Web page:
The Atlas of Canada site has an interactive maps for the past two elections in 2000 and 2004. The 2004 map is the one to watch as some suspect that it won’t change too much this time around. Elections Canada has a 29 inch x 59.5 inch pdf map showing the voting pattern for the entire nation in the last election along with a listing of each constituency. The maps clearly indicate a fragmentation in voting that seems to follow regional lines; none of these maps indicate the percentage by which a political party won.

This is more clearly shown in the Wikipedia entry for “Canadian federal election, 2004 map gallery.” Each province or region has a number of different maps, one for each party, showing their voting strengths for each constituency. Maps are available in png format. Unfortunately, one does not exist for the entire country. Nveretheless, it is a useful resource to discover regional voting patterns.


Trench Maps

The (British) Imperial War Museum, in conjunction with the Naval and Miltary Press, has released a CD on trench maps of the First World War. An extensive description of trench maps and their development is available on their website. The description is very much from a British perspective but it suggests that all the combatants’ maps followed similar developments at the same time.

From the website: “It was forbidden to show British trenches, as it was feared that maps might fall into enemy hands. This misplaced attempt at security resulted in troops being deprived of maps of their own increasingly labyrinthine trench system, and much swearing and confusion resulted. Worse, the front-line troops made their own manuscript maps, including all sorts of vital but secret information, which could easily be captured by the enemy in raids. The ludicrous situation developed in which units had to capture the enemy’s maps in order to find the plan of their own trenches! It was gradually admitted that the Germans were quite capable of making maps of the allied trenches, having aeroplanes and cameras, the allies having nothing like air superiority.”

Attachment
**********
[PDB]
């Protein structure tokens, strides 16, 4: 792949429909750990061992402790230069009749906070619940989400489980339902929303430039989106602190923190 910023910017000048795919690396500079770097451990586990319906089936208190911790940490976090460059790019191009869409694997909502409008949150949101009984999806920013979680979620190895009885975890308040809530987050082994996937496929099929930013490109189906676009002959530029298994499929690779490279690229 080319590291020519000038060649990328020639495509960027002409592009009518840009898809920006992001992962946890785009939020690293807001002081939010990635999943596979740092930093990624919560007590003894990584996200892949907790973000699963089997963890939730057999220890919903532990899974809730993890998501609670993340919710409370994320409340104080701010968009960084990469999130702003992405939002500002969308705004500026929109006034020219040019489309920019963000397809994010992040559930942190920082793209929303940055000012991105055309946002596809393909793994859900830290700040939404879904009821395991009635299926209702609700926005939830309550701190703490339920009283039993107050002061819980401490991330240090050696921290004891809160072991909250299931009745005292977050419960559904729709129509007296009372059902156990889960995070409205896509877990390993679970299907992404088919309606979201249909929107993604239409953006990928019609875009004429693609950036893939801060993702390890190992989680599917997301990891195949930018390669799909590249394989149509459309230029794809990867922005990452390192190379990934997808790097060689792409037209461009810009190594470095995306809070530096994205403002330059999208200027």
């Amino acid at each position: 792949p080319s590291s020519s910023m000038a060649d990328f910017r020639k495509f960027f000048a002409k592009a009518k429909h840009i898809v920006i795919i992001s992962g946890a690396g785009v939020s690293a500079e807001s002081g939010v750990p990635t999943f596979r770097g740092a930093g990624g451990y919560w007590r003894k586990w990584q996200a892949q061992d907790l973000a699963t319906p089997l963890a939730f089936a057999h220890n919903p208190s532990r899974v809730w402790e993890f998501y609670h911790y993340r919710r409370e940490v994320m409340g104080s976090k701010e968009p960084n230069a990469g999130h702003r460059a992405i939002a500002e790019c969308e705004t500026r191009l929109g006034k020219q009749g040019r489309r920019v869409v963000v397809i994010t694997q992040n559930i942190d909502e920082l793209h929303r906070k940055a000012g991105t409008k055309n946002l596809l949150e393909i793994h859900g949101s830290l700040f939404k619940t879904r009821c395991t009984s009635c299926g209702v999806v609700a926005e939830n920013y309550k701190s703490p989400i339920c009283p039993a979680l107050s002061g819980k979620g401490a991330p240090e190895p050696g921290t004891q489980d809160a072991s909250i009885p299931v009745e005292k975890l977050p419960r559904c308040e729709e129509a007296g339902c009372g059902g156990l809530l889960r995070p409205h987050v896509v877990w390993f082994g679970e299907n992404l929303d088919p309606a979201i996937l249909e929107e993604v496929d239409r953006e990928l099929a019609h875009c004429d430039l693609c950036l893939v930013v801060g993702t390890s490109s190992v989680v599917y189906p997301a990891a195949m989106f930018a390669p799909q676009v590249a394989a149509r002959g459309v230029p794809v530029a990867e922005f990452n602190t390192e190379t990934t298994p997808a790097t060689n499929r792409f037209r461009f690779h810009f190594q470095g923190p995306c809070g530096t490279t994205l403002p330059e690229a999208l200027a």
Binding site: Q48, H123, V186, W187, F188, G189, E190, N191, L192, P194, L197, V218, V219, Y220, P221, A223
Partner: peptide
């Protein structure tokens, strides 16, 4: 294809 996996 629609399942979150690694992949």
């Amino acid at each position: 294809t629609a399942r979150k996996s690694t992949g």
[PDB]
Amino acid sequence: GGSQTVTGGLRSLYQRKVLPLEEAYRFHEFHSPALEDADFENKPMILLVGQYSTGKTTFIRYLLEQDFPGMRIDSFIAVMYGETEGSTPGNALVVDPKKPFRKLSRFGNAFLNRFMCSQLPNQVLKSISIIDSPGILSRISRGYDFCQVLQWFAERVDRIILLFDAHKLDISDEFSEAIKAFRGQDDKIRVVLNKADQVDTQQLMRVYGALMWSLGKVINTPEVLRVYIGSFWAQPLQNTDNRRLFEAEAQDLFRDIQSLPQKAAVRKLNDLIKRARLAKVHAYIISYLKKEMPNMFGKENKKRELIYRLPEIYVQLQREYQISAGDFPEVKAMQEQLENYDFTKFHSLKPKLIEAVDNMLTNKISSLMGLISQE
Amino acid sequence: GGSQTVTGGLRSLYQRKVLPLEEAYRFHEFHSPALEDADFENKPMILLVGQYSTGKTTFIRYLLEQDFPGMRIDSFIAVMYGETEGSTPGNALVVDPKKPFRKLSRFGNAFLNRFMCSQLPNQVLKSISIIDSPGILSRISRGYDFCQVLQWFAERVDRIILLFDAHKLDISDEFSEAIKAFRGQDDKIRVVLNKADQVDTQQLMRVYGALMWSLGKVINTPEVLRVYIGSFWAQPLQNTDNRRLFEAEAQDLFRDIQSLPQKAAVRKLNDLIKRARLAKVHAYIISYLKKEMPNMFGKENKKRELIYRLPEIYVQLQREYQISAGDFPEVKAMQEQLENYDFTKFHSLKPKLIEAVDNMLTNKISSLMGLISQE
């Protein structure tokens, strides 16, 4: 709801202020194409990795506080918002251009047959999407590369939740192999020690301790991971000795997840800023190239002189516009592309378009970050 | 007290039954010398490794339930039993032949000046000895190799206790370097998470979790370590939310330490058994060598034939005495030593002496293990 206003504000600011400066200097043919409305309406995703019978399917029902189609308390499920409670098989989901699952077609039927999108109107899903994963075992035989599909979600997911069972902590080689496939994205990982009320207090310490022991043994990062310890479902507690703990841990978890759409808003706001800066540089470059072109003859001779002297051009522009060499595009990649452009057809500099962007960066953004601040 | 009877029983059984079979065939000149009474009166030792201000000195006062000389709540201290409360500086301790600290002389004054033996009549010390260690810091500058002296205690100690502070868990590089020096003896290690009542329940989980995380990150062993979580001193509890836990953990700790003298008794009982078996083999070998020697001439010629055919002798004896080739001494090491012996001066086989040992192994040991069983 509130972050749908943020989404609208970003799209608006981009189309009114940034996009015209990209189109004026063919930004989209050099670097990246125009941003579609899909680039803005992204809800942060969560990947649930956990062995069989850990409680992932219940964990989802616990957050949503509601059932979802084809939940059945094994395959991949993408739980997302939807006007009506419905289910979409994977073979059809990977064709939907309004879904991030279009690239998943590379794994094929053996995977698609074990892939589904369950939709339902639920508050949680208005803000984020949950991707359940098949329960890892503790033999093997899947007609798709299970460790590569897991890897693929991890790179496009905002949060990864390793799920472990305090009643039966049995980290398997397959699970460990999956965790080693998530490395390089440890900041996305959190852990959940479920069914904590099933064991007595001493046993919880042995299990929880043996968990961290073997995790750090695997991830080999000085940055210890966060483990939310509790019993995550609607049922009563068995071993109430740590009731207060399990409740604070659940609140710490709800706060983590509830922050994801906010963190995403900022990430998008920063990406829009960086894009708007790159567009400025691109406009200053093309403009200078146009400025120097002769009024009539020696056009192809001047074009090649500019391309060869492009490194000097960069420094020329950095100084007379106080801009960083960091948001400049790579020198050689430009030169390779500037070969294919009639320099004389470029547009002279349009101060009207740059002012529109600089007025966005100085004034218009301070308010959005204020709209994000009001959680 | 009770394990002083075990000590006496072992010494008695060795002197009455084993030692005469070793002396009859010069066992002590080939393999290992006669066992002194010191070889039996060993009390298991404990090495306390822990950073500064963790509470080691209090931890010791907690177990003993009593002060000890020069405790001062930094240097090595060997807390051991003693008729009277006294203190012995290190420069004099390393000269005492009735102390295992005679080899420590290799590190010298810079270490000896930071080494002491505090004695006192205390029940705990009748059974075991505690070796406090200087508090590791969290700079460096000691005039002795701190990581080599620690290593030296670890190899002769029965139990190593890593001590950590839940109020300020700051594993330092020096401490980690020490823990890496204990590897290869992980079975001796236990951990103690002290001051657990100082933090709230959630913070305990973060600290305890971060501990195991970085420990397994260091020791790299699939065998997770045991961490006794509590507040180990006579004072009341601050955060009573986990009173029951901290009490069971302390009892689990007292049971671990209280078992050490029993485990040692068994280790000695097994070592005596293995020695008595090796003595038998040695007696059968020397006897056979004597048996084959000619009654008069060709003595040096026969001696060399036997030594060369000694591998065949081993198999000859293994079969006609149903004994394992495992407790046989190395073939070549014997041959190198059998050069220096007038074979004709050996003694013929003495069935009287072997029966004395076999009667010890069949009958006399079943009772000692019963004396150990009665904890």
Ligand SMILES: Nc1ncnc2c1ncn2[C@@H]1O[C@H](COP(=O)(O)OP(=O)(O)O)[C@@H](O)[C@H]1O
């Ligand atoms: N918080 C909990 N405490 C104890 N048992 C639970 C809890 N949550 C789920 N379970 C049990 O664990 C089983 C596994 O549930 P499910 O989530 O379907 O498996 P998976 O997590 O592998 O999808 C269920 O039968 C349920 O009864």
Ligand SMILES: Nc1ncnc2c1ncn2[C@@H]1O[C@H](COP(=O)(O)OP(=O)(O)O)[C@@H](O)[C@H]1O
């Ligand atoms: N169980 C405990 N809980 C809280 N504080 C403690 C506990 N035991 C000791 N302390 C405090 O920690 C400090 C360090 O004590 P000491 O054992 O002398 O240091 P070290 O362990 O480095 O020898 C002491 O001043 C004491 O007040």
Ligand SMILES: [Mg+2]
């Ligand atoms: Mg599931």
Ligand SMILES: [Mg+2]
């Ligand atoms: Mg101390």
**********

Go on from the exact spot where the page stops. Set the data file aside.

No examples of the trench maps are available on the Naval and Military Press website but you can purchase the CD for £85 + taxes and shipping.

Other websites have some examples of trench maps, including smithmaps and Map Room.

By way of Great Map.


A Map Room to Visit

The New York Times has a story on the New York Public Library’s newly restored map room. The New York Pulbic Library has the largest map collection of any public library in the world and a $5 million restoration project sought to not only return the room to its originally intended appearance but bring it into the digital age. With 420,000 maps, this place is obviously worth a visit when in New York. “The map division has some of the rarest maps in the world, yet all of them can be studied, and handled, by the public.” Also in the works is “a geographical search engine - a cartographic user interface, as it were - that could relate maps to other collections of the library.”

And if you can’t make it to New York anytime soon, you can always browse the Library’s online c+ollection. A search for “map” produced viewable 280 results.


Maps as Lifesavers

WFAA.com (also in the Denton Record-Chronicle and a few other sites; free subscription required for each site) has a story about the work of the GIS Corps in the wake of Hurricane Katrina and the role that maps and GIS have played in the locating and resuce of trapped people in need of help. For those of us who work in the field of mapping and GIS, all of this comes as no surprise. But for many others, this is new technology and for some, it is even a source of wonder.

From the article: “We're using mapping for distribution sites, shelters, hospital locations, helipads, search and rescue and debris fields,” said Brian Adam, director of the Hancock County Emergency Operations Center. “There is no way we could have made it without our maps.”